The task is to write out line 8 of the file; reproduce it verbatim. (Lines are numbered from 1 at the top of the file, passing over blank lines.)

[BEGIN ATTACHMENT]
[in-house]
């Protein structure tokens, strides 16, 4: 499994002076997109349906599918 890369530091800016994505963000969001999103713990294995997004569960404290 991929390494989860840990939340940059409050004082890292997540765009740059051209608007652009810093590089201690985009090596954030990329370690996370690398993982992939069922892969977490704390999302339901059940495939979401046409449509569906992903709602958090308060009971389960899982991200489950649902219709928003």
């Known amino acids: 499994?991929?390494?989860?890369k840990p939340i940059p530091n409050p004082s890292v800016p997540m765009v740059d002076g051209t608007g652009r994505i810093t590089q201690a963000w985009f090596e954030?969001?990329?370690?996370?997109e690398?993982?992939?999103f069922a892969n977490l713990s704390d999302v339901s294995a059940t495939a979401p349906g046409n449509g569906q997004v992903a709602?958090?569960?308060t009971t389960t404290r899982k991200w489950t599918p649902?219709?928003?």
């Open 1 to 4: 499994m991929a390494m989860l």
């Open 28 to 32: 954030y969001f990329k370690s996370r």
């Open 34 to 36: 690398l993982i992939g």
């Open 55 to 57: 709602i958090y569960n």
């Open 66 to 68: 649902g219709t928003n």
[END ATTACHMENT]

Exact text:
């Open 66 to 68: 649902g219709t928003n």